Virgin have the right to preach at their customers (and I would not wish to bar them from doing so) and we have the right to criticise them.
    That's reasonable. And we have a right to defend them.

    Frankly I think it's a vacuous PR stunt getting free publicity for delisting a product they were perfectly content to sell for as long as it actually sold and that those attacking them for making this decision are playing into their hands by giving them the oxygen of more free publicity.
    I’m sure it’s completely unrelated to the Mail’s coverage of Virgin’s poor service.....
    Or Richard Branson's tax avoidance.
    When your train company charges more for a peak standard class train journey from London to Manchester than some airlines charge to fly from London to New York their talk of morals and ethics is just a bit much.
    Spot on.

    By making a general statement about "values" they have raised very important questions about what their values actually are. Many people - myself included - didn't think they had any beyond using their monopoly power to milk a captive market for every last penny they're able to before the regulator steps in.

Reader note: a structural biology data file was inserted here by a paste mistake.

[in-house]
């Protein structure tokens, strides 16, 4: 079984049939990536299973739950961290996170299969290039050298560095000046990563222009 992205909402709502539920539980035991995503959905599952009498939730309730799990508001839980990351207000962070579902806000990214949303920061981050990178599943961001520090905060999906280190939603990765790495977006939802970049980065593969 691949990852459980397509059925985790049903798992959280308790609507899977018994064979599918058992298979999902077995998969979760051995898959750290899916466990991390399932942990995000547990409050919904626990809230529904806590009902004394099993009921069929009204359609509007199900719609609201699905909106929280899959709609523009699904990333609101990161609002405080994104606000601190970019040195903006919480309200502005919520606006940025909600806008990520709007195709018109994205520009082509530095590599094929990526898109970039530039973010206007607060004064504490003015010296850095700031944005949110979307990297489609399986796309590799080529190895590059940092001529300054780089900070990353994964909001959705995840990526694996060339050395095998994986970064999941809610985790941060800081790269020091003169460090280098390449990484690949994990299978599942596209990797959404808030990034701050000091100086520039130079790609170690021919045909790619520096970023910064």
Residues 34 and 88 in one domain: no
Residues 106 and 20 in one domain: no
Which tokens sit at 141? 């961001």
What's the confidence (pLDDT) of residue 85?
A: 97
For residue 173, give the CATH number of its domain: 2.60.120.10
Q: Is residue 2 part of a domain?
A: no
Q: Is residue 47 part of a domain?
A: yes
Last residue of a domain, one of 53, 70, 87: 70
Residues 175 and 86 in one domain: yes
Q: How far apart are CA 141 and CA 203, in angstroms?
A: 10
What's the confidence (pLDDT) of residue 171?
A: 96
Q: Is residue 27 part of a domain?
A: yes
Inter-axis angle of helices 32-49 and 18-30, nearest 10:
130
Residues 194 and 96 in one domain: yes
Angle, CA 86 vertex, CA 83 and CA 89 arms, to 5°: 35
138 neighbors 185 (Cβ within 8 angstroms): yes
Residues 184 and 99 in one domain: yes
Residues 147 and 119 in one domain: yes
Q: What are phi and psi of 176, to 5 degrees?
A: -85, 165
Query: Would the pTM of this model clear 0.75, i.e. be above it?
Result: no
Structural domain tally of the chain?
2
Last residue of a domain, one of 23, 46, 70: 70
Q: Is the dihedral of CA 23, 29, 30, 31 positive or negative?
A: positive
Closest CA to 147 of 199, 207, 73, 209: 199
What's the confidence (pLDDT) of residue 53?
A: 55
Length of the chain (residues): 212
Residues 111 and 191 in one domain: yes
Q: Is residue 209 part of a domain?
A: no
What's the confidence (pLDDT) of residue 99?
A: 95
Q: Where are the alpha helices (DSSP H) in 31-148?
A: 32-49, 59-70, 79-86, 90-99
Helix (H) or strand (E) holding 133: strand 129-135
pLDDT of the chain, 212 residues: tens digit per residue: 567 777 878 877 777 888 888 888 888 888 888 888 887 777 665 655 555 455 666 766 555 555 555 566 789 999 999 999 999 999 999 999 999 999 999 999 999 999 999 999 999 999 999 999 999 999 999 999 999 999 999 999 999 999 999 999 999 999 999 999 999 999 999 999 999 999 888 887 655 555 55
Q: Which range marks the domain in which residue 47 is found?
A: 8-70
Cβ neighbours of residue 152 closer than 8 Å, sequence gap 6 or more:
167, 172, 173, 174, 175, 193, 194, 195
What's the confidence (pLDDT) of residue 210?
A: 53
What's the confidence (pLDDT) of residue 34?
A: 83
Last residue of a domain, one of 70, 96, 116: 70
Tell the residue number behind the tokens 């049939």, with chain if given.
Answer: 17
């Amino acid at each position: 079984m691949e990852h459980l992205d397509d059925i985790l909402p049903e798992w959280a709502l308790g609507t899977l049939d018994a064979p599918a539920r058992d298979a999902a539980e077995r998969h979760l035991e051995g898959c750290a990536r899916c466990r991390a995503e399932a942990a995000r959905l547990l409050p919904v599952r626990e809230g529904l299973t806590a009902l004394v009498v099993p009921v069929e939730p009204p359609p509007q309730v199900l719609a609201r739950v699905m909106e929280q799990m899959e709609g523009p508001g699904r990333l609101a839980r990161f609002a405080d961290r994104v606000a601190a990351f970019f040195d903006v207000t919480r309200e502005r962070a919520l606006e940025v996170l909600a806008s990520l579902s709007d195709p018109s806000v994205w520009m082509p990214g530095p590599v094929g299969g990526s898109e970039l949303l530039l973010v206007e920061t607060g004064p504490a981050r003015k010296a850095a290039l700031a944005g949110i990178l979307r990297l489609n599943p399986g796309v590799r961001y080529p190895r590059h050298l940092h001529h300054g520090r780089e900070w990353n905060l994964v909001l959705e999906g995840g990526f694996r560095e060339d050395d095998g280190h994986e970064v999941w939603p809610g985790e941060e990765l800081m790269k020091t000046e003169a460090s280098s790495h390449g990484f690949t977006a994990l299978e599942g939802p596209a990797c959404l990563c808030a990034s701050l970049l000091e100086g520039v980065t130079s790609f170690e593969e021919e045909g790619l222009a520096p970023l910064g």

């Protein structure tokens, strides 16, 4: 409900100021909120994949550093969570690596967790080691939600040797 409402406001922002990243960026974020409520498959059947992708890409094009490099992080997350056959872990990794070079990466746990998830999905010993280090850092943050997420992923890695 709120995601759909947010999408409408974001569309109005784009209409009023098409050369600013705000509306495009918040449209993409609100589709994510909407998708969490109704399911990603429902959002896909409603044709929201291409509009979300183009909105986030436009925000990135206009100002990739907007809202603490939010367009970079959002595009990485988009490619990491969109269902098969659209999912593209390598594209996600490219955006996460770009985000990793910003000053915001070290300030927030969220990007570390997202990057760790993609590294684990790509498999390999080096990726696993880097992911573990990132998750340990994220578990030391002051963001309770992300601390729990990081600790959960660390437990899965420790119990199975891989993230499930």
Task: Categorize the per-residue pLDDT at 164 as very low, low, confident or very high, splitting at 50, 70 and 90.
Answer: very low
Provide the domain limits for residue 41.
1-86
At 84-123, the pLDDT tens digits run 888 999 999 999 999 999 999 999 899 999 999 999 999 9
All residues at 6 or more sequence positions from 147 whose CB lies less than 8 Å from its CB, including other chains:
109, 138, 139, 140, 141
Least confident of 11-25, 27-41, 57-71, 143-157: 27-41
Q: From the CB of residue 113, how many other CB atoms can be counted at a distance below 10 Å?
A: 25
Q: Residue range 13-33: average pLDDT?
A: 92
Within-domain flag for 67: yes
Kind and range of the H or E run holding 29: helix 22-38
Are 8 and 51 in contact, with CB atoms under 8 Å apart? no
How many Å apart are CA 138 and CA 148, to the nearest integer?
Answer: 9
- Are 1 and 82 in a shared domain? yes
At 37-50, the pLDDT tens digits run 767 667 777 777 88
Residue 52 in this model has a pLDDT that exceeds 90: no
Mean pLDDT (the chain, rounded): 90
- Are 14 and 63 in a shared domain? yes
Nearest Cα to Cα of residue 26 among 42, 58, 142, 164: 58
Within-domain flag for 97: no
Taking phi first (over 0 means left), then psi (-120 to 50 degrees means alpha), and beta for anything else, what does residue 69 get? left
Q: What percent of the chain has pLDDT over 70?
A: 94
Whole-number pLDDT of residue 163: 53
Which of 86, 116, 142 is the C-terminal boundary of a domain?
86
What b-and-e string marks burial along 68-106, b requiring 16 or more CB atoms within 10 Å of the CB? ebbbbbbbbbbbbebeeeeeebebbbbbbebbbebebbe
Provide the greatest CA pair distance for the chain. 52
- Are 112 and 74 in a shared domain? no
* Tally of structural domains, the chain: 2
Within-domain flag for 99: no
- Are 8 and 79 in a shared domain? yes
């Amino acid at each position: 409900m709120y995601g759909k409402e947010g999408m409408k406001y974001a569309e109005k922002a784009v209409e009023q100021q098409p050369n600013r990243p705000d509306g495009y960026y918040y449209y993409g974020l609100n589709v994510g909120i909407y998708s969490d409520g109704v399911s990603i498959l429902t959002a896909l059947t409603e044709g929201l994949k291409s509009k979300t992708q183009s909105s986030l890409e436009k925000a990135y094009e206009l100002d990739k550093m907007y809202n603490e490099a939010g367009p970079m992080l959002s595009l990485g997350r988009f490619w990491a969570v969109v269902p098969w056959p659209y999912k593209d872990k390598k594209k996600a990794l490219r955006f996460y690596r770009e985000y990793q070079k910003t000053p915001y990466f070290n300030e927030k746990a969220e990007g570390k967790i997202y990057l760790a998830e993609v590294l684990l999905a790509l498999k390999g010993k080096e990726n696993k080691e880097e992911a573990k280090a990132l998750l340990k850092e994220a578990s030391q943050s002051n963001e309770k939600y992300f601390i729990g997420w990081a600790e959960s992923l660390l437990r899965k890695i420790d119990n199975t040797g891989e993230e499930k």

Virgin Trains taking the moral high ground? Pull the other one.
    When I step on a train from London to Manchester the first thing on my mind is whether or not I'm conducting my trip appropriately in accordance with Richard Branson's values.
  • ReggieCideReggieCide Posts: 2,634
    Foxy said:

    Scott_P said:
    Anyone would think Brussels was getting nervous about not getting their £40 billion.

    That it has already spent.
    How does the EU enforce any no deal threat?
    By default.
    I may be being dense but I don't understand your point.
    If a deal is not agreed, then No Deal Brexit happens by default. It takes two to tango.
    I understand that, but what is the "bleak" that is being threatened. No deal is no deal: how can it be bleak or rosy without there being a deal?
  • MortimerMortimer Posts: 9,875
    Scott_P said:
    Angela who?

    She can't even form a government....
  • rkrkrkrkrkrk Posts: 4,149

    Scott_P said:
    Anyone would think Brussels was getting nervous about not getting their £40 billion.

    That it has already spent.